I've never tried writing for children's publications but I've always been intrigued by the idea. It must be so rewarding to reach out and entertain a child through your writing. I still remember all the articles and stories I read in magazines, such as Cricket, as a child. Maybe it's because I was so young that the stories stuck with me, or the fact that I was reading something I wanted to read for the first time.

So to gain a bit of insight into this market, I caught up with Margo L. Dill and asked her a few questions on the subject. Margo teaches the e-course Writing for Children. The course begins next Wednesday, January 13th. If this is a market you've been thinking about writing for, I urge you to visit the classroom page and sign up today.

Welcome, Margo! Like I mentioned above, I'm new to children's writing. So tell me, what are the different types of manuscripts children's magazines accept?

Margo: Children's magazines accept short stories, poems, and articles. They also accept fillers, which are pieces like recipes, puzzles, quizzes, and arts and crafts.

That's a wide variety, and it sounds like a lot of fun. If a writer wanted to craft a short story for a children's magazine, what things should she keep in mind to better target her market?

Margo: I teach about the characteristics of a children's short story during the fiction lessons because writing a short story for children is very different than writing for adults. The age of the main character is very important and should be the same age or older than the target age range. For example, if you are writing a short story for readers between 8 and 12 years old, the main character should be 11 or 12. As a rule, children don't like to read about kids younger than them or adults as main characters. The other big mistake I see made in many children's stories, and we cover this in the class, is that the child protagonist does not solve his own problem. An adult swoops in and saves the day. Children want to read about other children solving their own problems.

I never thought about it, but that makes complete sense. I think it's a good lesson too for children to learn how to solve their own problems. In your class curriculum you recommend sending a cover letter with a short story submission. Are cover letters important? Shouldn't the story stand on its own?

Margo: Writing for children is a business. If you want a magazine editor to take you seriously, then you need to learn the business. On cold submissions, magazine editors expect to see a cover letter with your submission--this includes e-mail and snail mail submissions. The cover letter should be short and simple, just like you were sending a cover letter with a job application. The job application speaks for itself, but the cover letter highlights some important points. Same is true for a short story cover letter. It should briefly explain the story, tell the word count, why the story fits in the magazine, and a few of your credentials. That's it!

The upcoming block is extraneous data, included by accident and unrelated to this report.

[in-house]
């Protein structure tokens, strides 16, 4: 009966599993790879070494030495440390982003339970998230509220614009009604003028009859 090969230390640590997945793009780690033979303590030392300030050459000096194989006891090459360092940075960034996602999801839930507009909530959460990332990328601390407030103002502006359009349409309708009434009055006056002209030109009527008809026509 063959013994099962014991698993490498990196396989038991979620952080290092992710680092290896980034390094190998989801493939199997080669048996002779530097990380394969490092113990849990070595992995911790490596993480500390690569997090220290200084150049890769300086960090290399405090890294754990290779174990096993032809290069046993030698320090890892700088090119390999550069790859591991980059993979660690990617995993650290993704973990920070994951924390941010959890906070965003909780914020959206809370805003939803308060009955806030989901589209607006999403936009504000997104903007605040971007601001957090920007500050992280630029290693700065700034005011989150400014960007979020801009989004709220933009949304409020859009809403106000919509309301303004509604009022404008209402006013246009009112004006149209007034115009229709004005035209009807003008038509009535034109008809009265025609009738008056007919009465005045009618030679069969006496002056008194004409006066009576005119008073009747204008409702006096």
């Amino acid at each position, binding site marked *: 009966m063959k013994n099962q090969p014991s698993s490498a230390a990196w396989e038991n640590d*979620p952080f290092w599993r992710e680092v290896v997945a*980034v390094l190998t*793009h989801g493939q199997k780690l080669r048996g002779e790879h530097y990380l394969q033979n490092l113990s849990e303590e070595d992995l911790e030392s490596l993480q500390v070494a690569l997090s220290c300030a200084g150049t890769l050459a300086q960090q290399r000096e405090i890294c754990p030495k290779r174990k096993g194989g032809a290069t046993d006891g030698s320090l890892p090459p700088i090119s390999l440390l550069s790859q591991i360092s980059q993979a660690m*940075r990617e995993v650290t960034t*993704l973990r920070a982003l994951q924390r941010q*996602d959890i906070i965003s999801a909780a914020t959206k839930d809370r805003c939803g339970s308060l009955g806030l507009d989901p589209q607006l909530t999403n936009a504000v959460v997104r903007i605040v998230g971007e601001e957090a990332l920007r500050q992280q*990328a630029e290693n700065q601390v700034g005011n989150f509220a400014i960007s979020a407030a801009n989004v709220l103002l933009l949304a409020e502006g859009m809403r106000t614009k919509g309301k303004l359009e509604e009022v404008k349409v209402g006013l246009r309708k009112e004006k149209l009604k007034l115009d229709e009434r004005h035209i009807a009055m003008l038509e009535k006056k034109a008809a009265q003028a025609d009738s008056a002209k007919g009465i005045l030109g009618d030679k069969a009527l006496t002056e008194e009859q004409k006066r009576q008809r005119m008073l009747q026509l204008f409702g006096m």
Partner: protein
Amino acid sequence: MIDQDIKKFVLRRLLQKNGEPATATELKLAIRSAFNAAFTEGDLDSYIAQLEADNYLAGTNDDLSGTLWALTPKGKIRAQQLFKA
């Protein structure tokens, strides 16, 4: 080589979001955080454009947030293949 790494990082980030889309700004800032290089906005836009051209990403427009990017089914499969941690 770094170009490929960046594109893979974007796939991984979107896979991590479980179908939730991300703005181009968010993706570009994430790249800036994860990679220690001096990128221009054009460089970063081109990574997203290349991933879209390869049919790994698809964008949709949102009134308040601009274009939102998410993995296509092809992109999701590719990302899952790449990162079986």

Great advice, and it sounds simple enough. Let's talk nonfiction articles. You mention that it's easier to break into the children's magazine market with nonfiction. That's also true with the adult magazine market. In your opinion, how do these markets differ?

Margo: The biggest difference is that there are fewer nonfiction children's magazines than there are adult magazines, so the competition is fierce. Therefore, you have to know how to research your market and your topic to give yourself an advantage over other freelance writers. You also must write a killer query letter, which we work on in the online class. Many children's magazines have theme lists; so before you send your query, it is important to see if your idea will fit in any of the themes. Some magazines will invite queries that do not fit in any themes for possible future consideration. Writing for children is similar to writing for adults, and it should be taken just as seriously.

I bet your students love the query letter part of the class! And you seem to have had a lot of success with queries. You've had articles, short stories, poetry, activities, and recipes published in various children's publications. Quite an impressive list too, I might add! I'm sure writers who are interested in your class would love to break into these publications. But what if they don't have any clips? Is it just as important to have clips in the children's market as it is in the adult market?

Margo: Thanks, Ang. I thought the different types of manuscripts I've had published showed I was a bit scattered, but I appreciate the compliment. (Laughs) Clips are not as important in children's magazines. If you are writing strictly fiction or poetry (which I don't recommend to ONLY write these), then you don't need clips. Editors want to see the entire manuscript before they make a decision. As for fillers, you also need to send the entire manuscript unless the guidelines say otherwise. Every once and a while, a magazine editor will ask for a query for a quiz idea, instead of seeing the whole quiz first. For nonfiction articles, clips can help you get published; but in general, children's magazine editors will accept a query idea on speculation. This means if you don't have a lot of clips, you will write the article because they like your idea, but they may or may not purchase it until after they read the complete article.